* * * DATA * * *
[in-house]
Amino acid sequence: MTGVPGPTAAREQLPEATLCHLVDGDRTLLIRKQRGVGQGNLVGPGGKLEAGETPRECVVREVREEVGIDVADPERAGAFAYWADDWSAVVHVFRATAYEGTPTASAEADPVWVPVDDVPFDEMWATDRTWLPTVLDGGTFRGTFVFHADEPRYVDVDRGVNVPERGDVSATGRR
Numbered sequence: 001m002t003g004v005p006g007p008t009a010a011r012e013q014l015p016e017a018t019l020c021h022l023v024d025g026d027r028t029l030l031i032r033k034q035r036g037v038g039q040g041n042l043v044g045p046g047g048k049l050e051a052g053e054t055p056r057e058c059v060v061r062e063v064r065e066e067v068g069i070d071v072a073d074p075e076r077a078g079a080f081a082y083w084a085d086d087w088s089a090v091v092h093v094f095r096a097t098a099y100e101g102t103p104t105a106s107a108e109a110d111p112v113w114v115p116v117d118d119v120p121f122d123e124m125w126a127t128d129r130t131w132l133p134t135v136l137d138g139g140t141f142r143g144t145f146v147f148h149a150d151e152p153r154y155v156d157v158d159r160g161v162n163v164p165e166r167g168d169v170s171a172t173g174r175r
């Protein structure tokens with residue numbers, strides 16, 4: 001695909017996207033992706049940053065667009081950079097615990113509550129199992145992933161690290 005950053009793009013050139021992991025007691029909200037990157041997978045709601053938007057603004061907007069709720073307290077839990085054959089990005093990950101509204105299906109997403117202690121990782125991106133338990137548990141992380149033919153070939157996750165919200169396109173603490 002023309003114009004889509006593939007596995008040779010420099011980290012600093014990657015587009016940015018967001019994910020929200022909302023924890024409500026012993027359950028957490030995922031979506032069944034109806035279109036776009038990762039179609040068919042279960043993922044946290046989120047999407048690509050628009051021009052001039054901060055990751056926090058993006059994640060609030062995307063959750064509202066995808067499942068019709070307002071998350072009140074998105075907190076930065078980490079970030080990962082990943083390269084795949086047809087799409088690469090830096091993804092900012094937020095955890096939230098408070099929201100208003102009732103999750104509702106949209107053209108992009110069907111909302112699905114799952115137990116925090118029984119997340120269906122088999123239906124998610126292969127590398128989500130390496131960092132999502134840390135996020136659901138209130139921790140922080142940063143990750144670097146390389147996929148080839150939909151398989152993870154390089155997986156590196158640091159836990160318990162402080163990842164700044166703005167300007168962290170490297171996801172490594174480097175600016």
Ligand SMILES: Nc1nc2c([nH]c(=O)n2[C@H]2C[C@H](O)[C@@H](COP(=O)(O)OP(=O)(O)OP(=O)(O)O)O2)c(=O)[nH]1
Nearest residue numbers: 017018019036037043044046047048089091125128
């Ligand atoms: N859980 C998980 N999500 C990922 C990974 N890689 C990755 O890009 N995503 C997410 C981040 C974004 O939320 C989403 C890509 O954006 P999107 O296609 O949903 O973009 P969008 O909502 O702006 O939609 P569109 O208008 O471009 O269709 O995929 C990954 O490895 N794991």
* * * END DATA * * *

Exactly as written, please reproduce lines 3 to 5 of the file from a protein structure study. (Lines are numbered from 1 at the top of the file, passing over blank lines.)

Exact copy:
Numbered sequence: 001m002t003g004v005p006g007p008t009a010a011r012e013q014l015p016e017a018t019l020c021h022l023v024d025g026d027r028t029l030l031i032r033k034q035r036g037v038g039q040g041n042l043v044g045p046g047g048k049l050e051a052g053e054t055p056r057e058c059v060v061r062e063v064r065e066e067v068g069i070d071v072a073d074p075e076r077a078g079a080f081a082y083w084a085d086d087w088s089a090v091v092h093v094f095r096a097t098a099y100e101g102t103p104t105a106s107a108e109a110d111p112v113w114v115p116v117d118d119v120p121f122d123e124m125w126a127t128d129r130t131w132l133p134t135v136l137d138g139g140t141f142r143g144t145f146v147f148h149a150d151e152p153r154y155v156d157v158d159r160g161v162n163v164p165e166r167g168d169v170s171a172t173g174r175r
């Protein structure tokens with residue numbers, strides 16, 4: 001695909017996207033992706049940053065667009081950079097615990113509550129199992145992933161690290 005950053009793009013050139021992991025007691029909200037990157041997978045709601053938007057603004061907007069709720073307290077839990085054959089990005093990950101509204105299906109997403117202690121990782125991106133338990137548990141992380149033919153070939157996750165919200169396109173603490 002023309003114009004889509006593939007596995008040779010420099011980290012600093014990657015587009016940015018967001019994910020929200022909302023924890024409500026012993027359950028957490030995922031979506032069944034109806035279109036776009038990762039179609040068919042279960043993922044946290046989120047999407048690509050628009051021009052001039054901060055990751056926090058993006059994640060609030062995307063959750064509202066995808067499942068019709070307002071998350072009140074998105075907190076930065078980490079970030080990962082990943083390269084795949086047809087799409088690469090830096091993804092900012094937020095955890096939230098408070099929201100208003102009732103999750104509702106949209107053209108992009110069907111909302112699905114799952115137990116925090118029984119997340120269906122088999123239906124998610126292969127590398128989500130390496131960092132999502134840390135996020136659901138209130139921790140922080142940063143990750144670097146390389147996929148080839150939909151398989152993870154390089155997986156590196158640091159836990160318990162402080163990842164700044166703005167300007168962290170490297171996801172490594174480097175600016």
Ligand SMILES: Nc1nc2c([nH]c(=O)n2[C@H]2C[C@H](O)[C@@H](COP(=O)(O)OP(=O)(O)OP(=O)(O)O)O2)c(=O)[nH]1